Washington DC — Ahead of tonight’s Senate debate between Kevin Cramer and health care champion Heidi Heitkamp, Brad Woodhouse issued the following statement:
“Facing mounting pressure from North Dakota voters demanding protections for pre-existing conditions, Kevin Cramer has done a 180 on health care issues in recent weeks. Kevin Cramer joins a long list of Republicans who are collecting pinocchios for flat-out lying about protecting people with pre-existing conditions from discrimination by insurance companies. Today, the very same day Mitch McConnell has admitted that the Senate’s goal will be repeal if folks like Kevin Cramer win in November, will Kevin Cramer finally tell the people of North Dakota the truth? I wouldn’t bet on it.”
The Truth About Kevin Cramer’s Record:
Rep. Kevin Cramer Voted Multiple Time to Eliminate Protections for People with Pre-existing conditions.
- 2013: Cramer Voted For A Total Repeal Of The ACA. Cramer voted for HR 45, an act “to repeal the Patient Protection and Affordable Care Act and health care-related provisions in the Health Care and Education Reconciliation Act of 2010.” [HR 45, Roll Call Vote #154, 5/16/13]
- 2015: Cramer Voted For A Total Repeal Of The ACA. Cramer voted for HR 596, an act “to repeal the Patient Protection and Affordable Care Act and health care-related provisions in the Health Care and Education Reconciliation Act of 2010.” The bill also ordered House committees to develop a replacement that would “provide people with pre-existing conditions access to affordable health coverage,” but provided no specifics. [HR 596, Roll Call Vote #58, 2/3/15]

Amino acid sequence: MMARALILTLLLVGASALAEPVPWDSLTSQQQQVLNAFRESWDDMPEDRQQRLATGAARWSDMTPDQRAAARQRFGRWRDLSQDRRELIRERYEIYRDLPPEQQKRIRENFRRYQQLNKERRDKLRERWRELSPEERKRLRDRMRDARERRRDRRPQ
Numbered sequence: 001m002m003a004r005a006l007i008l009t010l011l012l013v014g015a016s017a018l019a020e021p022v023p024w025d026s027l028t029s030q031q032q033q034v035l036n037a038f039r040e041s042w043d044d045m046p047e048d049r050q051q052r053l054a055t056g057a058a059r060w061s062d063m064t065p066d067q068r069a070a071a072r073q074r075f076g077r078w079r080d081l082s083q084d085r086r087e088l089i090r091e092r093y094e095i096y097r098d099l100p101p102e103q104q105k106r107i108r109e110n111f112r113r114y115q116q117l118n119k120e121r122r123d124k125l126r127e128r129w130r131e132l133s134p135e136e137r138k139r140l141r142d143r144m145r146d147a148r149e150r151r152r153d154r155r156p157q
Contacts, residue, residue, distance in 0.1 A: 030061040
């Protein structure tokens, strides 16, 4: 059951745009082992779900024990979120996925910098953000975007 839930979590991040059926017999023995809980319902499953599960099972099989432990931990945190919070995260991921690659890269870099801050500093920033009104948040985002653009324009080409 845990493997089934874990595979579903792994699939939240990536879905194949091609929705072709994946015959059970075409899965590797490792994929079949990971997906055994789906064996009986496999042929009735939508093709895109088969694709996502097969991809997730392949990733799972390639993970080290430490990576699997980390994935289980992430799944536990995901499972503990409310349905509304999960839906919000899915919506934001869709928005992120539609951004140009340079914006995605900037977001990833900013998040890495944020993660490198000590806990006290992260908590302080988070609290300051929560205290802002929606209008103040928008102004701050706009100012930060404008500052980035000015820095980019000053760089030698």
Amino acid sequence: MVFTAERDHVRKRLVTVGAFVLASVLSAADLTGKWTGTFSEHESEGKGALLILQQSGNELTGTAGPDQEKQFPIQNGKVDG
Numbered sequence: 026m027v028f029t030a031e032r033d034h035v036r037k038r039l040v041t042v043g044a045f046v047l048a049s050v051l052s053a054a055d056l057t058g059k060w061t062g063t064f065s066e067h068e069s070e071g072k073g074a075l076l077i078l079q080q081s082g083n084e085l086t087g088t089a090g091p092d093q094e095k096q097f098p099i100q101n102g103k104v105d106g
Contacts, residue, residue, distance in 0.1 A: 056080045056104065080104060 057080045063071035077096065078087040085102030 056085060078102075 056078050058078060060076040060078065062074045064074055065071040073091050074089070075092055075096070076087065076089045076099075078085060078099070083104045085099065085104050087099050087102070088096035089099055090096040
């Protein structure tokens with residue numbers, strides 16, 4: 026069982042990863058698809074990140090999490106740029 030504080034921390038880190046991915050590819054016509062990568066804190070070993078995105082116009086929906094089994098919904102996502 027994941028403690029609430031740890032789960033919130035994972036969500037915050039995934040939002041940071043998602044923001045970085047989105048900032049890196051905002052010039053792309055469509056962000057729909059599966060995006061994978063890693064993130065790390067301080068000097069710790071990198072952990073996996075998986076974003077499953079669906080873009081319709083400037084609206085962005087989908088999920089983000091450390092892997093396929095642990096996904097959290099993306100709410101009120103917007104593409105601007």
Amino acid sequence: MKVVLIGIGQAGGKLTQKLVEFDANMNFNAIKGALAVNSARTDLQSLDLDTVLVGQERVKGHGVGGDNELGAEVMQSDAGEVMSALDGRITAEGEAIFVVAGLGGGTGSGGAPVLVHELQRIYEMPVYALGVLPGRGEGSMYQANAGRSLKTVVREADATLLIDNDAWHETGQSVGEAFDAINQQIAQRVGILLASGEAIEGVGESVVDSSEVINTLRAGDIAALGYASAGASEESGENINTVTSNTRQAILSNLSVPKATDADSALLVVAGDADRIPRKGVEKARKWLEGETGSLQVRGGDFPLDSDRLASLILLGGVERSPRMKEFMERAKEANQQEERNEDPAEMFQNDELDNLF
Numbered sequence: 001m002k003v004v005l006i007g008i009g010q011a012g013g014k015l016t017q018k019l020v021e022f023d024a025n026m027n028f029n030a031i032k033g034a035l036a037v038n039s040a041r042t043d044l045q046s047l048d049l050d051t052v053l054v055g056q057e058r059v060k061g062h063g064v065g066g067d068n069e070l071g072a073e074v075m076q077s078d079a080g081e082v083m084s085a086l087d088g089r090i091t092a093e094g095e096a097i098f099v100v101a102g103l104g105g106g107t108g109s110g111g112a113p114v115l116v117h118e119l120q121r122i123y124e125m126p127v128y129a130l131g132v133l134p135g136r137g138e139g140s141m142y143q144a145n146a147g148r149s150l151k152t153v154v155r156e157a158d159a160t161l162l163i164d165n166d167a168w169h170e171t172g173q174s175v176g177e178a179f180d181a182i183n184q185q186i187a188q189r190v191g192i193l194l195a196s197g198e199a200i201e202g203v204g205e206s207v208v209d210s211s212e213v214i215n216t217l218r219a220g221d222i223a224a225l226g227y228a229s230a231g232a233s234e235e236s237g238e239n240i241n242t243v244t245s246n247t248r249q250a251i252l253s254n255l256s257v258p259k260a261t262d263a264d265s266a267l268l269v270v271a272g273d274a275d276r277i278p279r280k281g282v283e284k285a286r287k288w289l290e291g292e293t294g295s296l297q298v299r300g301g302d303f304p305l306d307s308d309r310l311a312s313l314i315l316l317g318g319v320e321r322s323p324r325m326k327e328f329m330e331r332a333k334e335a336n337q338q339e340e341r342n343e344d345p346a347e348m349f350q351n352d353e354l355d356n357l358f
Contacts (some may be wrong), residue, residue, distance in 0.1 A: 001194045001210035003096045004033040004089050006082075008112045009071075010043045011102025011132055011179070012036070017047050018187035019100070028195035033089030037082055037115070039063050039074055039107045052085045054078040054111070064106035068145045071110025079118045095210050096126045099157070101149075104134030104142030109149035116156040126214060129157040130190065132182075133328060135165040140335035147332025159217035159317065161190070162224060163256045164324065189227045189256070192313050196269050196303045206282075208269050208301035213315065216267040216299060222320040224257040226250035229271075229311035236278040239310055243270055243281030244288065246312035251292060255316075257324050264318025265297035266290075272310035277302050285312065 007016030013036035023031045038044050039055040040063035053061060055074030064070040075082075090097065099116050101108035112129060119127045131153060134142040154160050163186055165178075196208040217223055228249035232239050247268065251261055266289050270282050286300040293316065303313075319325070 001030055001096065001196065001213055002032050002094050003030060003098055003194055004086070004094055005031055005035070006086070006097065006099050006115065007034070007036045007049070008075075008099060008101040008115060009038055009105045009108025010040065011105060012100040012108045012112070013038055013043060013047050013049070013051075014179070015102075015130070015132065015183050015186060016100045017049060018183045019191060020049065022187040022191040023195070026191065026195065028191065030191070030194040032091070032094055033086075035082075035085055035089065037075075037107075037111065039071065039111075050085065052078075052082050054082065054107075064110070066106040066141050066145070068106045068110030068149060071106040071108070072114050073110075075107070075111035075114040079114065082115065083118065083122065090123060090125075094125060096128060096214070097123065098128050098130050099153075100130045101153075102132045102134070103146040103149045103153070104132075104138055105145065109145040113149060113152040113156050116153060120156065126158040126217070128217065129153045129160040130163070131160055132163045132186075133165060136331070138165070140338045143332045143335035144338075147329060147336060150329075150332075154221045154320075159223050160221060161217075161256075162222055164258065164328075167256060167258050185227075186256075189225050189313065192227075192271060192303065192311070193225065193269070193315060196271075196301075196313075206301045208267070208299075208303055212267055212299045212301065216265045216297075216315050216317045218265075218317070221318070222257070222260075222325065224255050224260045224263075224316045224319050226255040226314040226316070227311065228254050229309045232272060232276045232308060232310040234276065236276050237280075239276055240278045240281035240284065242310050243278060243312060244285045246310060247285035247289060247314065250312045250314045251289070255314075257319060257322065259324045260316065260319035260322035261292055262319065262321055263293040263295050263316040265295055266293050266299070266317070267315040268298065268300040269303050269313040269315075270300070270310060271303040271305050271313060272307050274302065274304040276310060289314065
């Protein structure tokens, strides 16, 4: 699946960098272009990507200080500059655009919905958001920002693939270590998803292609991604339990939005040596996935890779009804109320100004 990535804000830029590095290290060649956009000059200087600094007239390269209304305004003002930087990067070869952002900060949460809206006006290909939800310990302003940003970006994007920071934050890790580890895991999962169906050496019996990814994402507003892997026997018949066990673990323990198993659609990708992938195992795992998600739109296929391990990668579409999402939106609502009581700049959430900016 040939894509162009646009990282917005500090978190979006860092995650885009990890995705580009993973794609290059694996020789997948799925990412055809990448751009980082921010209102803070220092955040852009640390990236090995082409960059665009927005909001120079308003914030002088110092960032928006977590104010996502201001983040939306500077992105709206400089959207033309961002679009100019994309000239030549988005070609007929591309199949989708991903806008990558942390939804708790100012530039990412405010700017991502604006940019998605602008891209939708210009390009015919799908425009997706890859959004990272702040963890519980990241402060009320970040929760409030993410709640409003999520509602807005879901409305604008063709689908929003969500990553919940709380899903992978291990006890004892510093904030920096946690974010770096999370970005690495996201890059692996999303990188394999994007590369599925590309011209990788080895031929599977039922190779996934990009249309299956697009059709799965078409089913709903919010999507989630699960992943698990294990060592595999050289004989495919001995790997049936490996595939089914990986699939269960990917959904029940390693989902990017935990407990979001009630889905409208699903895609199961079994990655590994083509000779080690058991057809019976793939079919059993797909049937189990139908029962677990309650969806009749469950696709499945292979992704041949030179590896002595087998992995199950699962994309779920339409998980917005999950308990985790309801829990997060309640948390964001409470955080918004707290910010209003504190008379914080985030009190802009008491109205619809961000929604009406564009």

- In fact, Cramer’s own campaign website acknowledged his vote would “repeal the affordable care act in its entirety.” “Today Congressman Kevin Cramer voted with the U.S. House of Representatives to repeal the Affordable Care Act in its entirety.” [Cramer Website, 2/3/15]
Why The Truth Matters:
- Roughly 275,000 North Dakotans Live With A Pre-Existing Condition. [CAP, 4/5/17]
- Women no longer charged more than men. Because of the ACA, insurers can no longer charge women more than men for the same care.
- Ended annual and lifetime limits. Because of the ACA, insurers can no longer put annual or lifetime limits on the care you receive.
- Young adults can stay on their parent’s plan until age 26. Because of the ACA, roughly 7,000 young adults in North Dakota have coverage because they can stay on their parent’s coverage until age 26.
- Allowed states to expand Medicaid. Because of the ACA, states can get additional federal money to expand Medicaid. 18,000 North Dakotans have gained coverage because of this program.